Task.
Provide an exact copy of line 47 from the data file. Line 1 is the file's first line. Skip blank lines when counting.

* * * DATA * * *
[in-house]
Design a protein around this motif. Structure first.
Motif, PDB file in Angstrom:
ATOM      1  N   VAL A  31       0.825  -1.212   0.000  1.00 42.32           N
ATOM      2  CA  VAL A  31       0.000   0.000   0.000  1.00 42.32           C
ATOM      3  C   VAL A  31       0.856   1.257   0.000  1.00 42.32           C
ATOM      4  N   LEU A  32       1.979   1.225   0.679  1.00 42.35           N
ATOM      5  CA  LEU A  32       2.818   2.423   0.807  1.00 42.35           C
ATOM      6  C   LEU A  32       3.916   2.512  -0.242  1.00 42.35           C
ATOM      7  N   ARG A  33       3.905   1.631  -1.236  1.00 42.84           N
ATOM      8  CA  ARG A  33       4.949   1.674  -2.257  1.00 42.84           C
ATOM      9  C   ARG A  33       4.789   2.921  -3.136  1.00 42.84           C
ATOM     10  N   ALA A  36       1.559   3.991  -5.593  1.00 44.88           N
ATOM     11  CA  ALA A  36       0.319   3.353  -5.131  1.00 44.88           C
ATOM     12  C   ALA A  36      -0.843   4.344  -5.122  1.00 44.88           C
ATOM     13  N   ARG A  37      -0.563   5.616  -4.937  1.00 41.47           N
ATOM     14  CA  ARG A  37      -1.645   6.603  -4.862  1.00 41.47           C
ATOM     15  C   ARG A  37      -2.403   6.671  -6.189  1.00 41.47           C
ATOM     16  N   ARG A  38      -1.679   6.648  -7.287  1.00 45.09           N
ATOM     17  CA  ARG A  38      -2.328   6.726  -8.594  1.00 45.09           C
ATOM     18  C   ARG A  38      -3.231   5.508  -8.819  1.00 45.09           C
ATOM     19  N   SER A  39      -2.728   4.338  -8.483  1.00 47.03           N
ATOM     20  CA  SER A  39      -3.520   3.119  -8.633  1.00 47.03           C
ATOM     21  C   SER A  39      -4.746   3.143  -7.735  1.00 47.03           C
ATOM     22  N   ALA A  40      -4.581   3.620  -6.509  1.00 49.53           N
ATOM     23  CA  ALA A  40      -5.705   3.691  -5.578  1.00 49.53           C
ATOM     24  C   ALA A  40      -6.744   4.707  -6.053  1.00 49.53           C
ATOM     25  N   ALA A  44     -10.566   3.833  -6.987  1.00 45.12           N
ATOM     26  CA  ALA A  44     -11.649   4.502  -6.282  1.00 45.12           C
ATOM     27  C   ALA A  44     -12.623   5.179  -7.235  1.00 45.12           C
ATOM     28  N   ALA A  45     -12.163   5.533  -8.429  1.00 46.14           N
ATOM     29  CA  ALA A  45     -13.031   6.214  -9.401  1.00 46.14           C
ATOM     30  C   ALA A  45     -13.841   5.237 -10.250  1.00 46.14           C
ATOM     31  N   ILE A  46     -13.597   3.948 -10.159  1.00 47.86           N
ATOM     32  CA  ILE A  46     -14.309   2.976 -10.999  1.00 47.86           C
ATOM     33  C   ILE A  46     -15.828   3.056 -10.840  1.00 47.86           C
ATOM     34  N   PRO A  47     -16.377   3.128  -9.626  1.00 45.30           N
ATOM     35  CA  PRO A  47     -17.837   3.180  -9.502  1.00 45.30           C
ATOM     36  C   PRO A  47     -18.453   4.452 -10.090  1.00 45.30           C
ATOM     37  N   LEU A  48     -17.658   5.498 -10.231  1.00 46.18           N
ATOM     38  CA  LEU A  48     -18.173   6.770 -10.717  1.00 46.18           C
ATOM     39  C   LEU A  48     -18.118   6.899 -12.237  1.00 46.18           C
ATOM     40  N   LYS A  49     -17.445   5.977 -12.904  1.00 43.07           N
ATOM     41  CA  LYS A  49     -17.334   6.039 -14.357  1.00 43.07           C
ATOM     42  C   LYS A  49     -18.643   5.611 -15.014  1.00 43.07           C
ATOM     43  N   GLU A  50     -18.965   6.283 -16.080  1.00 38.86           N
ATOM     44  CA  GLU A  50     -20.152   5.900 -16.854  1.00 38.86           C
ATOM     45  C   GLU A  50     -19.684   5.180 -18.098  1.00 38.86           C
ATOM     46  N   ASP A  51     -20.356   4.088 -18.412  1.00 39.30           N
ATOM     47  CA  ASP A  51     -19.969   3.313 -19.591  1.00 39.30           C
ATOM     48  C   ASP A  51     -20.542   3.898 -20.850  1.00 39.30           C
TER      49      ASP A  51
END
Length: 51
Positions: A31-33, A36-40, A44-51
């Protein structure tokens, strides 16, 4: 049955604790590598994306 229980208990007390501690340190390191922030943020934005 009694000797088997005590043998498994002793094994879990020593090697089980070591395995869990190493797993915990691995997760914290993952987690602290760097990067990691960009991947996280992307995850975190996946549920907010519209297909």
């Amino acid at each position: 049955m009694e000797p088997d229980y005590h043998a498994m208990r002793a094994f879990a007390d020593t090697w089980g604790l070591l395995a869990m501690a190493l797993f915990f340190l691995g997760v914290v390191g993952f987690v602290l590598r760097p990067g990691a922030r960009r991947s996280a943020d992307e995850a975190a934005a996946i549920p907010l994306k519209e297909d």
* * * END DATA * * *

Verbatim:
ATOM     44  CA  GLU A  50     -20.152   5.900 -16.854  1.00 38.86           C